LITTLE ROCK — The possibility of a $100 fine for texting and driving is not a deterrent and the penalty should be much harsher, a southern Arkansas lawmaker said Tuesday.
Rep. David Fielding, D-Magnolia, said he intends to meet with law enforcement officers, prosecutors and lawmakers by the end of the year to discuss possibly increasing the severity of the penalty during the 2013 legislative session.
Fielding planned to ask a legislative committee Wednesday to approve his request to study the issue, including whether the 2009 law is adequately being enforced or whether police should be more aggressive in enforcement.
The Senate Committee on Transportation, Technology and Legislative Affairs and the House Committee on Public Transportation meet jointly Wednesday afternoon at Ryerson Inc., a steel distribution company in Little Rock.
While texting and driving is a primary offense, meaning the police can stop a driver solely for texting while behind the wheel, it does not appear to be heavily enforced.
Angela Hines — spokeswoman for Springdale-based TextFace.com, created in 2011 to educate the public and law enforcement on the dangers of texting and driving — said that 18 citations for the offense have been written since Arkansas’ law took effect in October 2009.
“I know we can do better, and based on what we’ve seen there are a lot more people out here that are (texting),” Hines said.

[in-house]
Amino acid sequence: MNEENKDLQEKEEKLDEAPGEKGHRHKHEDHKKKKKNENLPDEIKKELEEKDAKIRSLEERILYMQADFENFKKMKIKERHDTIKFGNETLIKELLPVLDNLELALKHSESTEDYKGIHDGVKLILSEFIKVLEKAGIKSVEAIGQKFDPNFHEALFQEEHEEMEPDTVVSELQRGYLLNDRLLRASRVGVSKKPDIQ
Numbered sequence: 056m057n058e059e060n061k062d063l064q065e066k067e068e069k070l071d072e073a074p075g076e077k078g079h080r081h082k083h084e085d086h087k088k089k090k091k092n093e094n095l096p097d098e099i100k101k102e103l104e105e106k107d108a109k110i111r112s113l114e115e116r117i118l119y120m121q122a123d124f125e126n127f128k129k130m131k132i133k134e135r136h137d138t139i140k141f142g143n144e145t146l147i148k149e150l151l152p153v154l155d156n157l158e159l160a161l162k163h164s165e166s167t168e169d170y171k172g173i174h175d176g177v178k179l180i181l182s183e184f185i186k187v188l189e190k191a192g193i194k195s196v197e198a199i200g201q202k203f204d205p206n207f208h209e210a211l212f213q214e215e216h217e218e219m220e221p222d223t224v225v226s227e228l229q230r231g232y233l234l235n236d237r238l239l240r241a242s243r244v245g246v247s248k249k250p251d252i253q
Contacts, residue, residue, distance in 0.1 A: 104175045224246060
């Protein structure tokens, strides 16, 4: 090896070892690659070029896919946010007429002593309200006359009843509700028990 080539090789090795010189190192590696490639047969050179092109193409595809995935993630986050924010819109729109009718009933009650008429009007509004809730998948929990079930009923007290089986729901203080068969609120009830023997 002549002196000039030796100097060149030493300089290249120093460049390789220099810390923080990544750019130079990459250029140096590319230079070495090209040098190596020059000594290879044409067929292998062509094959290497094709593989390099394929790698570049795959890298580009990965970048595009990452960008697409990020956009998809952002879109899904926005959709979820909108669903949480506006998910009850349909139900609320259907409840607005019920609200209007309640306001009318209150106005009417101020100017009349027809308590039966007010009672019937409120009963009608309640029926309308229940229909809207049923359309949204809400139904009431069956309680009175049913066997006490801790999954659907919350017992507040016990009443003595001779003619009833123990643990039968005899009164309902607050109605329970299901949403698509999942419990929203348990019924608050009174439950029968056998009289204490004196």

Six people appeared in Little Rock Traffic Court in 2011 with citations for texting and driving, a court clerk said Tuesday. Two have appeared so far this year.
Bill Sadler, spokesman for the Arkansas State Police, said state troopers have issued 185 warnings to drivers for texting and driving since the law took effect. He said he did not know how many citations had been issued.
Fielding said he would like to see the penalty for texting and driving “changed to something comparable to a DWI.”
“I mean the only way you can really get punished for texting is if you actually kill someone,” he said.
A first offense DWI conviction in Arkansas is punishable by up to a year in jail and up to a $1,000 fine.
Act 181 of 2009 prohibits drivers in Arkansas from texting or sending e-mail from their handheld devices while driving. The legislation is referred to as “Paul’s Law,” after Paul Davidson of Jonesboro. The father of three was killed in a head-on crash with a driver who was typing a text message.
Fielding, who makes regular trips from Magnolia to the state Capitol for legislative meetings, said he sees people texting regularly on the highway. He said he has received a number of calls from constituents complaining about the problem.
“You can tell, when they are wobbling down the road, looking down … it really takes away from your concentration on driving down the road,” the lawmaker said.
“I think we need to put some teeth in this,” he said. “We need to do something that deters people from texting, because right now we don’t.”
Rep. Andrea Lea, R-Russellville, one of two House members who voted against the bill in 2009, said she looks forward to talking with Fielding about his proposal.
“I am curious to know what his thoughts are,” she said.
Lea said she voted against the original bill because she does not like voting for laws that cannot be enforced.
“I just think we pass a lot of laws that are unenforceable just because they might be feel-good law and obviously, it appears, that Mr. Fielding agrees,” she said, noting how few citations had been issued since the measure became law.